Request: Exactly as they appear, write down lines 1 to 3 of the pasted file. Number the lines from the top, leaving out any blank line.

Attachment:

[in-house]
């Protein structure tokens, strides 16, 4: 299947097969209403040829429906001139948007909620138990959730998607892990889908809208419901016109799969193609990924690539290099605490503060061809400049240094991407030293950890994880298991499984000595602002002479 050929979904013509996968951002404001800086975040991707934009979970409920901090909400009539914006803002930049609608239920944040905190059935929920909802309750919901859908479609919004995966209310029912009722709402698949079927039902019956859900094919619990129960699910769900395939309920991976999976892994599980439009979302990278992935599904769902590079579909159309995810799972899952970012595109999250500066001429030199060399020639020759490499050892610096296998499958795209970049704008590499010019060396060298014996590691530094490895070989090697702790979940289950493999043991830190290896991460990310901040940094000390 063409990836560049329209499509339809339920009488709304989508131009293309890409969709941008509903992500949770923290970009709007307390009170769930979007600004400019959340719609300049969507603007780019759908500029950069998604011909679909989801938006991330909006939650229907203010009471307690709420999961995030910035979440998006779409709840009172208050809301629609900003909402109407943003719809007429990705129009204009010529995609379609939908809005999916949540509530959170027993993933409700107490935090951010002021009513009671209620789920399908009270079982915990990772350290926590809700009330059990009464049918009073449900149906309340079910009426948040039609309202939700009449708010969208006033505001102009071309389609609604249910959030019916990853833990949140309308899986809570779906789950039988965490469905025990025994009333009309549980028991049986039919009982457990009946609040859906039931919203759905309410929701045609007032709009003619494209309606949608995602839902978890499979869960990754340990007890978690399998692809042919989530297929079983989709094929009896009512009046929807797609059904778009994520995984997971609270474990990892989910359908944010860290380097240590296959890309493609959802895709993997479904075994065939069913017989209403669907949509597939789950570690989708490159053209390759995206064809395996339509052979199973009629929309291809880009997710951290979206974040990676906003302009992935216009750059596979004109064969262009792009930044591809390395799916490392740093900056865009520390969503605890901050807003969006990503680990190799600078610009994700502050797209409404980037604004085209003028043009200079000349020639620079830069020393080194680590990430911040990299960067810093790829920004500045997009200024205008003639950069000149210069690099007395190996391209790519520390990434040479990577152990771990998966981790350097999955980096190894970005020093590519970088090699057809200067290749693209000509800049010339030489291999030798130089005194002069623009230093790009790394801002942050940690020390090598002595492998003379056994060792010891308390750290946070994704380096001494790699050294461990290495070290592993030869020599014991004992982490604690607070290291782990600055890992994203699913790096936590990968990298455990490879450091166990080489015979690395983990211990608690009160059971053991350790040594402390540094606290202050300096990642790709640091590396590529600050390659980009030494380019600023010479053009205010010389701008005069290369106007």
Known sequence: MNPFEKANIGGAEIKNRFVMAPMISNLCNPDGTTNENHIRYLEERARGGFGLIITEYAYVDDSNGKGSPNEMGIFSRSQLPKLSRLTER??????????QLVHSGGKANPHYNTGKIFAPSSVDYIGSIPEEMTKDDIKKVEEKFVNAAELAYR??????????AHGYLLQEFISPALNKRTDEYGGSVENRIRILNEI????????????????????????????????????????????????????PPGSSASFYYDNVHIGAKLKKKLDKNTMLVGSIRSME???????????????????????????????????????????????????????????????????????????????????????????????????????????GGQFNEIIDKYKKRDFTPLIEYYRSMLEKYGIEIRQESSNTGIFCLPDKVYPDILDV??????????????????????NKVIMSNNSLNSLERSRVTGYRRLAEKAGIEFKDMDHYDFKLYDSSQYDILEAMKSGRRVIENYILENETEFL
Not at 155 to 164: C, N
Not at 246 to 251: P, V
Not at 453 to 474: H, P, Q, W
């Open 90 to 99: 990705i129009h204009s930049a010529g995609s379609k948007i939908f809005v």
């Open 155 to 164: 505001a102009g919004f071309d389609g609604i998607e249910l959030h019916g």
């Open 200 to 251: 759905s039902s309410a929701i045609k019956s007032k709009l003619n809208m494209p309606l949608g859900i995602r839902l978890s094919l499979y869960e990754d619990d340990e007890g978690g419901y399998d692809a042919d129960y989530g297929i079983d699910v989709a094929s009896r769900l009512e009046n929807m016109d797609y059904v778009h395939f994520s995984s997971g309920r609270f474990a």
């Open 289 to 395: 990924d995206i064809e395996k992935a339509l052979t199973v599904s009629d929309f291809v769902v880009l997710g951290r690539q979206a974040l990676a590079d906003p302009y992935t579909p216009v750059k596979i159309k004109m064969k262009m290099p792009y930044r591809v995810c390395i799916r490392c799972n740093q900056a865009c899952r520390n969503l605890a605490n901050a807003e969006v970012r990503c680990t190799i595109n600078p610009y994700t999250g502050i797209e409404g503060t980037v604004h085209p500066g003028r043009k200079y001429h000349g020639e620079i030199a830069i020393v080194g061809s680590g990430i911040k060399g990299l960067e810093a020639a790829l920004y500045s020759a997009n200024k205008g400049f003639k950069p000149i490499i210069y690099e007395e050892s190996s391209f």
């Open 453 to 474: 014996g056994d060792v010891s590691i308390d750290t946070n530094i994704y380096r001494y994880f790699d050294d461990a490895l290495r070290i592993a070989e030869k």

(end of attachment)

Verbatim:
[in-house]
């Protein structure tokens, strides 16, 4: 299947097969209403040829429906001139948007909620138990959730998607892990889908809208419901016109799969193609990924690539290099605490503060061809400049240094991407030293950890994880298991499984000595602002002479 050929979904013509996968951002404001800086975040991707934009979970409920901090909400009539914006803002930049609608239920944040905190059935929920909802309750919901859908479609919004995966209310029912009722709402698949079927039902019956859900094919619990129960699910769900395939309920991976999976892994599980439009979302990278992935599904769902590079579909159309995810799972899952970012595109999250500066001429030199060399020639020759490499050892610096296998499958795209970049704008590499010019060396060298014996590691530094490895070989090697702790979940289950493999043991830190290896991460990310901040940094000390 063409990836560049329209499509339809339920009488709304989508131009293309890409969709941008509903992500949770923290970009709007307390009170769930979007600004400019959340719609300049969507603007780019759908500029950069998604011909679909989801938006991330909006939650229907203010009471307690709420999961995030910035979440998006779409709840009172208050809301629609900003909402109407943003719809007429990705129009204009010529995609379609939908809005999916949540509530959170027993993933409700107490935090951010002021009513009671209620789920399908009270079982915990990772350290926590809700009330059990009464049918009073449900149906309340079910009426948040039609309202939700009449708010969208006033505001102009071309389609609604249910959030019916990853833990949140309308899986809570779906789950039988965490469905025990025994009333009309549980028991049986039919009982457990009946609040859906039931919203759905309410929701045609007032709009003619494209309606949608995602839902978890499979869960990754340990007890978690399998692809042919989530297929079983989709094929009896009512009046929807797609059904778009994520995984997971609270474990990892989910359908944010860290380097240590296959890309493609959802895709993997479904075994065939069913017989209403669907949509597939789950570690989708490159053209390759995206064809395996339509052979199973009629929309291809880009997710951290979206974040990676906003302009992935216009750059596979004109064969262009792009930044591809390395799916490392740093900056865009520390969503605890901050807003969006990503680990190799600078610009994700502050797209409404980037604004085209003028043009200079000349020639620079830069020393080194680590990430911040990299960067810093790829920004500045997009200024205008003639950069000149210069690099007395190996391209790519520390990434040479990577152990771990998966981790350097999955980096190894970005020093590519970088090699057809200067290749693209000509800049010339030489291999030798130089005194002069623009230093790009790394801002942050940690020390090598002595492998003379056994060792010891308390750290946070994704380096001494790699050294461990290495070290592993030869020599014991004992982490604690607070290291782990600055890992994203699913790096936590990968990298455990490879450091166990080489015979690395983990211990608690009160059971053991350790040594402390540094606290202050300096990642790709640091590396590529600050390659980009030494380019600023010479053009205010010389701008005069290369106007």
Known sequence: MNPFEKANIGGAEIKNRFVMAPMISNLCNPDGTTNENHIRYLEERARGGFGLIITEYAYVDDSNGKGSPNEMGIFSRSQLPKLSRLTER??????????QLVHSGGKANPHYNTGKIFAPSSVDYIGSIPEEMTKDDIKKVEEKFVNAAELAYR??????????AHGYLLQEFISPALNKRTDEYGGSVENRIRILNEI????????????????????????????????????????????????????PPGSSASFYYDNVHIGAKLKKKLDKNTMLVGSIRSME???????????????????????????????????????????????????????????????????????????????????????????????????????????GGQFNEIIDKYKKRDFTPLIEYYRSMLEKYGIEIRQESSNTGIFCLPDKVYPDILDV??????????????????????NKVIMSNNSLNSLERSRVTGYRRLAEKAGIEFKDMDHYDFKLYDSSQYDILEAMKSGRRVIENYILENETEFL